Section 5: Domains and Kingdoms
Organisms are placed into domains and kingdoms based on their cell type, their ability to make food, and the number of cells that make up their bodies. The first is bacteria. Bacteria are small, single-celled organisms that are found everywhere. They are present in soil, water, and air. They are prokaryotic, which means they lack a nucleus. Their cell walls contain peptidoglycan, which provides structural strength. They can be both heterotrophic and autotrophic. E. Coli is an example of bacteria.
Also unicellular and prokaryotic are Archaea, which live in extreme environments. Found in volcanoes and hot springs, they often can only survive without oxygen. Their cell walls lack peptidoglycan, and they also can be both heterotrophic and autotrophic.
Next, the domain Eukarya consists of all the organisms that have a nucleus, which includes the kingdoms protista, fungi, plantae, and animalia. There are three main groups of protists: plant-like protists like algae, animal-like protists called protozoans, and fungus-like protists like slime molds. They all are eukaryotic, which means their cells contain a nucleus. The cells of algae contain chloroplasts where photosynthesis takes place. Protozoans are found wherever there is moisture, including oceans and freshwater.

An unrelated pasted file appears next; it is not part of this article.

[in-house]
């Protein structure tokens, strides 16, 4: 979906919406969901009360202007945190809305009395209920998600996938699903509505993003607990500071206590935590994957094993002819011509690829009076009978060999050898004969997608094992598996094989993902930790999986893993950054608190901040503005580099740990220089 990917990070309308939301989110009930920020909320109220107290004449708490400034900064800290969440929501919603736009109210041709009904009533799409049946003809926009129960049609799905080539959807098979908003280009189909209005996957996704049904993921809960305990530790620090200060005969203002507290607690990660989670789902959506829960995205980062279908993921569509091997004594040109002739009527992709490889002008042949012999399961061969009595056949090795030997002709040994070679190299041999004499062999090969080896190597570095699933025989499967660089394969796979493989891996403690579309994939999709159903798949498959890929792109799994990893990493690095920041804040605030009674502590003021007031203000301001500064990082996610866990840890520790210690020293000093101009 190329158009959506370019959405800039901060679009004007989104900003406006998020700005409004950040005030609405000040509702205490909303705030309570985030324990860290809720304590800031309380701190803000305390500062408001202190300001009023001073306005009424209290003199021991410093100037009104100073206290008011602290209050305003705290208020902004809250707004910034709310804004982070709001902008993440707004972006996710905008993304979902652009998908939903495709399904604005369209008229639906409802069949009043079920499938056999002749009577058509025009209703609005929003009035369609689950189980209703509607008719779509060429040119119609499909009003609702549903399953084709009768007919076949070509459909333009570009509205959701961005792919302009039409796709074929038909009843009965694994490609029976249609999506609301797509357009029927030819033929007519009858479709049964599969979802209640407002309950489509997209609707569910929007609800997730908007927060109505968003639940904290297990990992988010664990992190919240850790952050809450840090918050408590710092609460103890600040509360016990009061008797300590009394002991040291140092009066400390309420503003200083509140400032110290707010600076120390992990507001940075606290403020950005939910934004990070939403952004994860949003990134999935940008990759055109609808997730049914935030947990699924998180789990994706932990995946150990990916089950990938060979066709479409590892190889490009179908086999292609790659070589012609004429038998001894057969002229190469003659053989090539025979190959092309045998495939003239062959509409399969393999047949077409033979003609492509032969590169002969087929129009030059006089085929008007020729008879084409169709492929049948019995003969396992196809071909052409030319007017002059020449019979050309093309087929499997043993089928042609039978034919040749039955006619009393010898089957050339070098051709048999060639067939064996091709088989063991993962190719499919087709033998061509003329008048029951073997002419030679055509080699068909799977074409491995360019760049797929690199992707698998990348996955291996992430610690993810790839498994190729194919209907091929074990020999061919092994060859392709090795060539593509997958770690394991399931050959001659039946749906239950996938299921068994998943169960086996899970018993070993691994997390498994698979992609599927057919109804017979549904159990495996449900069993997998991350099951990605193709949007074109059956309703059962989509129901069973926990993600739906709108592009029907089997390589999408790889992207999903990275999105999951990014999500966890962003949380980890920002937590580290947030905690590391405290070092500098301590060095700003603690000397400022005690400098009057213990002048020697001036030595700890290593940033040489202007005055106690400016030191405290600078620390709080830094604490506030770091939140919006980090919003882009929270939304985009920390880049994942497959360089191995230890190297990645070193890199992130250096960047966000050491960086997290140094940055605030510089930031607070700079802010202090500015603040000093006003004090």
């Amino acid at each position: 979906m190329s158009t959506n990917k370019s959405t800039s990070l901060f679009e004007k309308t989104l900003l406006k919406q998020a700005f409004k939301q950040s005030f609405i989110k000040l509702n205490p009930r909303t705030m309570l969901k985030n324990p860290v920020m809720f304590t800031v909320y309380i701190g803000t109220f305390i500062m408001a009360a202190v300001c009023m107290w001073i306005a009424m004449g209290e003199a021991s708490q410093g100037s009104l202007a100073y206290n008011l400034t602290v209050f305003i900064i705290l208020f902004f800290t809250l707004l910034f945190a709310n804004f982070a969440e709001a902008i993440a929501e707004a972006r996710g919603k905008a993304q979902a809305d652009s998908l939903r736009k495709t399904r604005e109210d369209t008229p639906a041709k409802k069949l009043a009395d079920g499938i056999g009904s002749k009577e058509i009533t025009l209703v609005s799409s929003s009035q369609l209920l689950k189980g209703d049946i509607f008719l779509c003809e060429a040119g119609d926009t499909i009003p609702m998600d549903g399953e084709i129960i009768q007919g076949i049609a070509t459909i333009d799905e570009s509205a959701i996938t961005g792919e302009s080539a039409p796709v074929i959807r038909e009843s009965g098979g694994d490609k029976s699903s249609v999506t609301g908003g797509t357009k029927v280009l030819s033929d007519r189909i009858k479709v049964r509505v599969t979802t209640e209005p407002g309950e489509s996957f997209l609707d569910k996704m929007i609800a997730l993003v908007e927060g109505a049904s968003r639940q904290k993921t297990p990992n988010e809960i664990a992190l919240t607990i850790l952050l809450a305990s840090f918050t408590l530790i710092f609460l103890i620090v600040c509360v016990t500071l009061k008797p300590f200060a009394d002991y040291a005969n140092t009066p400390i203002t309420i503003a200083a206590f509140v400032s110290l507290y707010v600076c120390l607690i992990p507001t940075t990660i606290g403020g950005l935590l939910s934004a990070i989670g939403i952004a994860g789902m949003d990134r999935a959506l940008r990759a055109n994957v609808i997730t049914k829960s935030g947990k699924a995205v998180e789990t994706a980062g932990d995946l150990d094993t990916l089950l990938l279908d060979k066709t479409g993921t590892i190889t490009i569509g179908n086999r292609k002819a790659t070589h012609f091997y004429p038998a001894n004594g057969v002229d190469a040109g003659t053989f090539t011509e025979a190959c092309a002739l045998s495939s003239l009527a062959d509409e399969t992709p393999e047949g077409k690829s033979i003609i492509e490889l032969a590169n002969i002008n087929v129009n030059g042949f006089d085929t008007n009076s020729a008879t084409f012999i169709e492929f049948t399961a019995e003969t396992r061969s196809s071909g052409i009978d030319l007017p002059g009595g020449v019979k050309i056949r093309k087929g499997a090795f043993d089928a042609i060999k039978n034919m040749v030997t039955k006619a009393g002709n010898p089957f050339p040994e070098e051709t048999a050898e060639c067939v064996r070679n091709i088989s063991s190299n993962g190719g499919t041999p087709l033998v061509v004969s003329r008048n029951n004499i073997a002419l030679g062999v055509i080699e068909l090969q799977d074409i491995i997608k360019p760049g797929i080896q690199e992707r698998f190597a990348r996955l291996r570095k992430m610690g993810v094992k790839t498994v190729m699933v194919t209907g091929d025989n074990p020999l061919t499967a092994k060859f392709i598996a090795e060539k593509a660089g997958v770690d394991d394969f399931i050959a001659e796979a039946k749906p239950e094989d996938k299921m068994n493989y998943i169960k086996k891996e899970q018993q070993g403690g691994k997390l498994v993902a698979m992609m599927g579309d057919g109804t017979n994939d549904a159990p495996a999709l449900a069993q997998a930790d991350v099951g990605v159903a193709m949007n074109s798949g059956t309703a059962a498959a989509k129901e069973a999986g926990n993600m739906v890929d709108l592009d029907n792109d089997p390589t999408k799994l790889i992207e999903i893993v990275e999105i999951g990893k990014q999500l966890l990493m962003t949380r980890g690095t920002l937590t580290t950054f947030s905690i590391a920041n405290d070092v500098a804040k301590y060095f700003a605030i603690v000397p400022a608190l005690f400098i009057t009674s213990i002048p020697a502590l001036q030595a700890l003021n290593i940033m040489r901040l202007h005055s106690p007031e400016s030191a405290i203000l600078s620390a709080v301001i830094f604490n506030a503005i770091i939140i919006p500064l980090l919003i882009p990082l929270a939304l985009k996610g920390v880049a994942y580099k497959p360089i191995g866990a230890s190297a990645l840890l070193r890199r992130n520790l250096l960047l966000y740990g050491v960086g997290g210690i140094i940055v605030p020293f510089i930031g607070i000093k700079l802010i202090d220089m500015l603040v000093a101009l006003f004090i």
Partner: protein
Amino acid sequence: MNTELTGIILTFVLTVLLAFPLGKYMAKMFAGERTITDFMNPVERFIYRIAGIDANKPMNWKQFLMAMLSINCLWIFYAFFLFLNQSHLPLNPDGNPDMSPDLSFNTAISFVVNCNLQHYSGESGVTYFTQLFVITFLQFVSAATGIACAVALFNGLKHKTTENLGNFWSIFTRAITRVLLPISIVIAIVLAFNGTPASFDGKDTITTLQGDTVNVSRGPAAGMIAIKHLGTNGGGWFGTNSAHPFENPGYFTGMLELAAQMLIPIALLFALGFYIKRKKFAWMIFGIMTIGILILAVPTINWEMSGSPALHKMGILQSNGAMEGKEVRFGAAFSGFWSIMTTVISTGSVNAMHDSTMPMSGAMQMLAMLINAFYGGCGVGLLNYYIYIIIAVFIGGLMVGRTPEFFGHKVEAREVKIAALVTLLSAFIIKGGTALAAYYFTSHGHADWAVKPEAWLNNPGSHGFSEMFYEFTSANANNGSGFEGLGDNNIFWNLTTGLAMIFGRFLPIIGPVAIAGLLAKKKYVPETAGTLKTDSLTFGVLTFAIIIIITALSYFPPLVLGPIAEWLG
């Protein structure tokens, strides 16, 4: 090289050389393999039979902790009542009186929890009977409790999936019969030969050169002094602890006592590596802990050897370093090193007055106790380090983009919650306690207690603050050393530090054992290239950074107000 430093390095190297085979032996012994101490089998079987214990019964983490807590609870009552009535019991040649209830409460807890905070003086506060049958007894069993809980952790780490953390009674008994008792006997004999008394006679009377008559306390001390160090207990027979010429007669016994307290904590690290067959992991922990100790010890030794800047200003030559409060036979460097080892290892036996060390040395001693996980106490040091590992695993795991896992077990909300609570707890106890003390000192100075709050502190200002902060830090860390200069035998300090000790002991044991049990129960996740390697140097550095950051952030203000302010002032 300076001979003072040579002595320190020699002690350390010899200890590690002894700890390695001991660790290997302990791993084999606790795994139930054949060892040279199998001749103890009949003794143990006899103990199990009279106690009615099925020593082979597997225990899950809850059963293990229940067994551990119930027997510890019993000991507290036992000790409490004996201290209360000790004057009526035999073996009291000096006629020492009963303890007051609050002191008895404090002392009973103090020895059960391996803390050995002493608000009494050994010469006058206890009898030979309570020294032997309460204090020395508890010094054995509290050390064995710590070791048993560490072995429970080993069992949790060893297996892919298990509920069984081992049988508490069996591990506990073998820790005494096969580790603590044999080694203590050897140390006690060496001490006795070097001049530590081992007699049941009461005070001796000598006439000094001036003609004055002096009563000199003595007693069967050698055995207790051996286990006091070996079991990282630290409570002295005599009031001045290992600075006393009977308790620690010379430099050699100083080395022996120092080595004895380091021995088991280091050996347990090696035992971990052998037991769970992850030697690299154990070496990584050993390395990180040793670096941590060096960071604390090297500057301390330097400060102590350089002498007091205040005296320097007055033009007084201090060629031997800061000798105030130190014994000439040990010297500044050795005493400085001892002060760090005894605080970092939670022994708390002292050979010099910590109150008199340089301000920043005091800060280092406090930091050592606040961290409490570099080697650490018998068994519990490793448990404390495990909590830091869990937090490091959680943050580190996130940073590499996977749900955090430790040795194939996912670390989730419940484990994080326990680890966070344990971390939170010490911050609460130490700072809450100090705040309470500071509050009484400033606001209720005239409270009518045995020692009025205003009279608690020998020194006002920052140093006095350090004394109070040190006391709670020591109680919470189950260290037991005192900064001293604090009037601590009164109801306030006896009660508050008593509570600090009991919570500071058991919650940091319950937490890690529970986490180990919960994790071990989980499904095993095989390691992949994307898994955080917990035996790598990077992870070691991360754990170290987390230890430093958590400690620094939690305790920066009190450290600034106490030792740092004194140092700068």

The kingdom fungi includes mushrooms and yeasts. Their cell walls are made of chitin, and they are heterotrophic, feeding on dead and decaying plants and animals.
The kingdom plantae are eukaryotes that make their own food through the process of photosynthesis. Most are multicellular, but some green algae are unicellular. They are autotrophs with cell walls that contain cellulose. Mosses, ferns, and flowering plants are examples.
Unlike plants, those in the kingdom animalia have no cell walls or chloroplasts. They are multicellular and heterotrophic and include sponges, worms, insects, fish and mammals.